LONDON (Thomson Reuters Foundation) - A leading women’s rights campaigner who went public to name a British lord for sexual harassment expressed outrage on Thursday after his ban from the upper house of parliament was overturned, fearing it would stop other victims from coming forward.
Jasvinder Sanghera decided to waive her anonymity this week to name 82-year-old Lord Lester as the member of the unelected House of Lords who sexually harassed her 12 years ago, offering to make her a baroness if she had sex with him.
A parliamentary investigation found Lester had sexually harassed Sanghera and recommended that he be suspended until June 2022 - the longest such suspension in modern history.
Lester, 82, once an eminent human rights lawyer, denied the allegations and his ban was overturned in a vote by his fellow peers on Thursday. Lester could not be reached for comment.
Sanghera said she was outraged at the 101-78 vote to lift the ban and return the matter to the parliamentary committee.
“An abuser gets to go back to work today,” Sanghera told the Thomson Reuters Foundation in a telephone interview.
“What this tells me is this is sending a message out to victims of sexual harassment ... This has undermined the whole process.”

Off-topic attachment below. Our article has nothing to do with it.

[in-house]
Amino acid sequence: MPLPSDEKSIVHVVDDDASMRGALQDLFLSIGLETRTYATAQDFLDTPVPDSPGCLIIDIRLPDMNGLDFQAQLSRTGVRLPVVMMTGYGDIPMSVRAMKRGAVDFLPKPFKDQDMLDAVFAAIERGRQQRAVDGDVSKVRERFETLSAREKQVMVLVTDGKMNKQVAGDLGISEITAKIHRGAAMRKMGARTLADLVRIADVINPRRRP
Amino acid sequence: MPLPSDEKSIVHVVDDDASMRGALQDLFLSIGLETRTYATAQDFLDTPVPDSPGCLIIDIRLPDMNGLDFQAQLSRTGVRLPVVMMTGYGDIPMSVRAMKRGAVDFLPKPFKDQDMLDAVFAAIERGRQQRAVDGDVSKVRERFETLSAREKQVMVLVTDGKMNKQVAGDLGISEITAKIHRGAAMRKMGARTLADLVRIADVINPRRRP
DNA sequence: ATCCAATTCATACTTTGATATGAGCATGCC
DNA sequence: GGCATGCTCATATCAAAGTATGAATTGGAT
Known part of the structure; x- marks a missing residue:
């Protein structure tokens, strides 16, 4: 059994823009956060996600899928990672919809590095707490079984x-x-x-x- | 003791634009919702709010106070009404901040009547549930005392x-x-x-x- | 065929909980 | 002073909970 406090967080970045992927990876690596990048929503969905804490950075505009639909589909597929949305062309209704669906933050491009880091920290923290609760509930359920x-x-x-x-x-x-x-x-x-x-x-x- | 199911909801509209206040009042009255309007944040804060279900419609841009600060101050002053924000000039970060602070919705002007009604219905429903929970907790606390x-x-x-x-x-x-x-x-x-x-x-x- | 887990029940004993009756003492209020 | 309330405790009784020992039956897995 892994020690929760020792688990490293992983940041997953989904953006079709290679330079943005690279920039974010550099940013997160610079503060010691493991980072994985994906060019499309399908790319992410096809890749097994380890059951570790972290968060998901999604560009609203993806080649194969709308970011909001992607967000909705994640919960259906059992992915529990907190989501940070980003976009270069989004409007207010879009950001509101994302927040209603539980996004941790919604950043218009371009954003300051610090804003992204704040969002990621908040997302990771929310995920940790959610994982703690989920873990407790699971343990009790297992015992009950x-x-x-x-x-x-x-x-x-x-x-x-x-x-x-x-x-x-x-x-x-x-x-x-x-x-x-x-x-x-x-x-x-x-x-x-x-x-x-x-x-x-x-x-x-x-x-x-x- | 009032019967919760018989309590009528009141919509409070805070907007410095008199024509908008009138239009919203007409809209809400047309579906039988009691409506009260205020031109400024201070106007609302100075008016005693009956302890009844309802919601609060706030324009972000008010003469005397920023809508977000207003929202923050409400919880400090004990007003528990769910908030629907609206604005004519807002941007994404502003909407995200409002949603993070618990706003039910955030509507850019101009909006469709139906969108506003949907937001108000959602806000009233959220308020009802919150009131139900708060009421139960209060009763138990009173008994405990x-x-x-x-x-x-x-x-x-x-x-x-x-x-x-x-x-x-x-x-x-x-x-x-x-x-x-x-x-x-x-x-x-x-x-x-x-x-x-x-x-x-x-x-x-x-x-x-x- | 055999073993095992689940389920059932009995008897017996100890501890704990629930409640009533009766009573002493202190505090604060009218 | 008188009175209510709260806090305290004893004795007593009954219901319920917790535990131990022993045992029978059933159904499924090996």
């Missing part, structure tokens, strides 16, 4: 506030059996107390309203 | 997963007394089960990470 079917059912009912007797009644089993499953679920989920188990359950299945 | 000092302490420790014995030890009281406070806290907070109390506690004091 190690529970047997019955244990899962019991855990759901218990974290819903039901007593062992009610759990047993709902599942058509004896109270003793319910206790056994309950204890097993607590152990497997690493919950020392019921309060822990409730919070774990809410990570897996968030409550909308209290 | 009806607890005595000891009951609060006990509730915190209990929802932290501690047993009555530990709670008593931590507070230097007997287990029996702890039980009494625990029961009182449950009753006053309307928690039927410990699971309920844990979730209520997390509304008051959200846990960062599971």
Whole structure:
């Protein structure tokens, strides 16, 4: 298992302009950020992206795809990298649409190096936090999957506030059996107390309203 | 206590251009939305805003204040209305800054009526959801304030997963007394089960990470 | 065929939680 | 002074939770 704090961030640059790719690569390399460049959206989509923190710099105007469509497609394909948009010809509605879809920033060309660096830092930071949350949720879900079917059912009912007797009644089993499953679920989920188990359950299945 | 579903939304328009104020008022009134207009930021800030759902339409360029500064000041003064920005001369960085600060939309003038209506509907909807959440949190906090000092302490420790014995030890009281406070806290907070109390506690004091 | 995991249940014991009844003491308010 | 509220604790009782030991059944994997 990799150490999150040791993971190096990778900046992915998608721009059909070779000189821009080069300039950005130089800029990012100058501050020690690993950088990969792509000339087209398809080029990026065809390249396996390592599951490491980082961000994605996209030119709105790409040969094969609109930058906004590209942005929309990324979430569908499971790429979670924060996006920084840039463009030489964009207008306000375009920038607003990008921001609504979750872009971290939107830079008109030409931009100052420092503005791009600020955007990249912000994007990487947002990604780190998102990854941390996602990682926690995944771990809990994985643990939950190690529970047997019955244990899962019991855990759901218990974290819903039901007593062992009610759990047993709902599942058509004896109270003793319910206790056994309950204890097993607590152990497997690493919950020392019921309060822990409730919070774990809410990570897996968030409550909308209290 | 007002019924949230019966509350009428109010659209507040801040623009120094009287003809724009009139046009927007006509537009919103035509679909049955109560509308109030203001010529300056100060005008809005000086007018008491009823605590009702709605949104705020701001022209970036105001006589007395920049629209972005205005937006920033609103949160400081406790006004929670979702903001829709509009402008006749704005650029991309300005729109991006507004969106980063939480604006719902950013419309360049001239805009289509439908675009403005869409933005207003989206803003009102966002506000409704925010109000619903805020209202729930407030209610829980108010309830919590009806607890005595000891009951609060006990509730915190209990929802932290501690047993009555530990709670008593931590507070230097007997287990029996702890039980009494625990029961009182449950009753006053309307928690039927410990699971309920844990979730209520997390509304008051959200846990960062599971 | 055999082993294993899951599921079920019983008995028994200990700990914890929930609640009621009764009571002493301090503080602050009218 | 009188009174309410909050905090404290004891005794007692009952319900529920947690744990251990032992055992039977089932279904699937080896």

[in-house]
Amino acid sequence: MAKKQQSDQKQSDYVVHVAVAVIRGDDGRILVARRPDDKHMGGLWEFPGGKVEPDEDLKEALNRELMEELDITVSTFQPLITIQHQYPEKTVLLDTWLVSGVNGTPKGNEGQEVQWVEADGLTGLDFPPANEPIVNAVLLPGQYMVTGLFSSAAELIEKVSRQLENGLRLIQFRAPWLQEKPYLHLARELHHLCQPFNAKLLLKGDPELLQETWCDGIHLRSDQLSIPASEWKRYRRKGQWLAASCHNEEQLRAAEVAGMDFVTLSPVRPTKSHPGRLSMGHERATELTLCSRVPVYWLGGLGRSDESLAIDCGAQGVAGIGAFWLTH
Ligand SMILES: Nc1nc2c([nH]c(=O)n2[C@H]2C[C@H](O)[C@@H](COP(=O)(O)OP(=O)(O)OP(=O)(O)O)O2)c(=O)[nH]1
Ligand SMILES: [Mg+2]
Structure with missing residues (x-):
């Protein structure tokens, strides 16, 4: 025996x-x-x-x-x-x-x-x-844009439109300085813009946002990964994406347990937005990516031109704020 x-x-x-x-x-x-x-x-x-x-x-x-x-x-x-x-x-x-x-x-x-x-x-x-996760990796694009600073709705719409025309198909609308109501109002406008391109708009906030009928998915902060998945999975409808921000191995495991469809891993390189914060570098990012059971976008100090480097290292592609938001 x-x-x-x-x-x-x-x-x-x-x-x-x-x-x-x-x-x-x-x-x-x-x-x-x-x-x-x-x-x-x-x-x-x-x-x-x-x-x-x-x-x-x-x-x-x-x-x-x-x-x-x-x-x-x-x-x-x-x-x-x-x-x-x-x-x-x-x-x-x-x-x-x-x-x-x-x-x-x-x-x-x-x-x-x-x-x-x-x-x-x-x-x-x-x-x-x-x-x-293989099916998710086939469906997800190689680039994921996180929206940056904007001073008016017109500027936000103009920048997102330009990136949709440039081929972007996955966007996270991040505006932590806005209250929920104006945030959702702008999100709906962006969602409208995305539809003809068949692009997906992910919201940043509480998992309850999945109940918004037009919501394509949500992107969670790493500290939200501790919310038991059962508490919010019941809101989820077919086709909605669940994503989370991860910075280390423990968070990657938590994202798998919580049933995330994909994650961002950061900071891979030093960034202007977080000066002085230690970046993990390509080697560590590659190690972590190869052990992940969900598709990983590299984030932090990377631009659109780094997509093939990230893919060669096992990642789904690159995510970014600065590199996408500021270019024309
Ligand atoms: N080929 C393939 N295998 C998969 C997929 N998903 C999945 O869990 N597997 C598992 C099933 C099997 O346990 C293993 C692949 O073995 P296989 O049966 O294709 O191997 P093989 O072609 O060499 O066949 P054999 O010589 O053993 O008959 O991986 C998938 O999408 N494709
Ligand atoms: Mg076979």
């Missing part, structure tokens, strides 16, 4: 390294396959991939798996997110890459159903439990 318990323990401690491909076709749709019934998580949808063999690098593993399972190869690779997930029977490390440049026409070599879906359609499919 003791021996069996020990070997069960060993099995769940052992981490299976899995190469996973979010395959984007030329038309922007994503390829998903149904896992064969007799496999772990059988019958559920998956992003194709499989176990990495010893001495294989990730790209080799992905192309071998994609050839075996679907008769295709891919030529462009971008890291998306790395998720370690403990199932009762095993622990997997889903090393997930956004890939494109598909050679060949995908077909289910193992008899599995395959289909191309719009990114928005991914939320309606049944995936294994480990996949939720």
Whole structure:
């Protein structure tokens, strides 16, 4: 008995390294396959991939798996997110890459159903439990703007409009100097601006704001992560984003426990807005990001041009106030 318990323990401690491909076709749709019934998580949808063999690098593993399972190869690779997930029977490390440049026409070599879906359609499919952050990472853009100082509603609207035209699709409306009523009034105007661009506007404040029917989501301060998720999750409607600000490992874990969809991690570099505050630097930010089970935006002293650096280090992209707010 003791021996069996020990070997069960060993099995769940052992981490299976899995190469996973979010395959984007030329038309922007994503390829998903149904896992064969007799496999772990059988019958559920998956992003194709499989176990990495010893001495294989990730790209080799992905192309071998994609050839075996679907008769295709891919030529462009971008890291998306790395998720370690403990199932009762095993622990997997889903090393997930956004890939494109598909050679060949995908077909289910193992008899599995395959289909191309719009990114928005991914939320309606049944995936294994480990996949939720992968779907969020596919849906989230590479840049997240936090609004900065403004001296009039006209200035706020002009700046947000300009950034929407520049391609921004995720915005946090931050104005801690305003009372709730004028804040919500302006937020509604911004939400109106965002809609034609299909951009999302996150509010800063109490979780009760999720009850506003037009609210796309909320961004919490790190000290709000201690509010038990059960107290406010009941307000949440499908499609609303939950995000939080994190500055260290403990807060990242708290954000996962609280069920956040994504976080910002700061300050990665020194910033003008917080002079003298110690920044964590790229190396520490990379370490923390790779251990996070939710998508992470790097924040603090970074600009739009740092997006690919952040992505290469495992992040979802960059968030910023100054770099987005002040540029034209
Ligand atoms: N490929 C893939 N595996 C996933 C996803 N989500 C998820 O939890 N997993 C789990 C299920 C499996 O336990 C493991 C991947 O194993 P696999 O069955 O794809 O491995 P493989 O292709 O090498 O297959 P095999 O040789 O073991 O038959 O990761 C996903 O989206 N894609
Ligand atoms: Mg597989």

Britain’s parliament last year became embroiled in a sexual harassment scandal amid the #MeToo movement with two ministers losing their posts and others investigated over inappropriate behavior, prompting calls to end a “locker room” culture.
Earlier this year a study showed nearly one in five people working in Britain’s parliament were sexually harassed or witnessed inappropriate behavior in the past year.
Sanghera, a best-selling author and founder of the charity Karma Nirvana which campaigns against forced marriage, said she had kept quiet about the harassment for years because she doubted she would be believed.
Sanghera, who wrote about her escape from a forced marriage in her book “Shame”, told the investigation that the harassment happened when she was working with Lester on draft legislation 12 years ago.
The investigation found that Lester threatened “unspecified consequences” if she refused.
Sanghera said she was afraid that the decision to lift the ban would have a chilling effect on others thinking of coming forward to report harassment.
“What unfolded were my worst fears, right in front of my eyes,” she said.
“I was not there, there were not two people in that room. There was Lord Lester and his reputation. I felt I was being abused all over again.”
Lord McFall, senior deputy speaker of the House of Lords, expressed frustration with the result in a statement.
“I am deeply disappointed by today’s decision by the House to send the report into the conduct of Lord Lester back to the Privileges and Conduct Committee for further consideration,” he said.
Reporting By Jason Fields; Editing by Belinda Goldsmith; Please credit the Thomson Reuters Foundation, the charitable arm of Thomson Reuters, that covers humanitarian news, women's and LGBT+ rights, human trafficking, property rights and climate change. Visit news.trust.org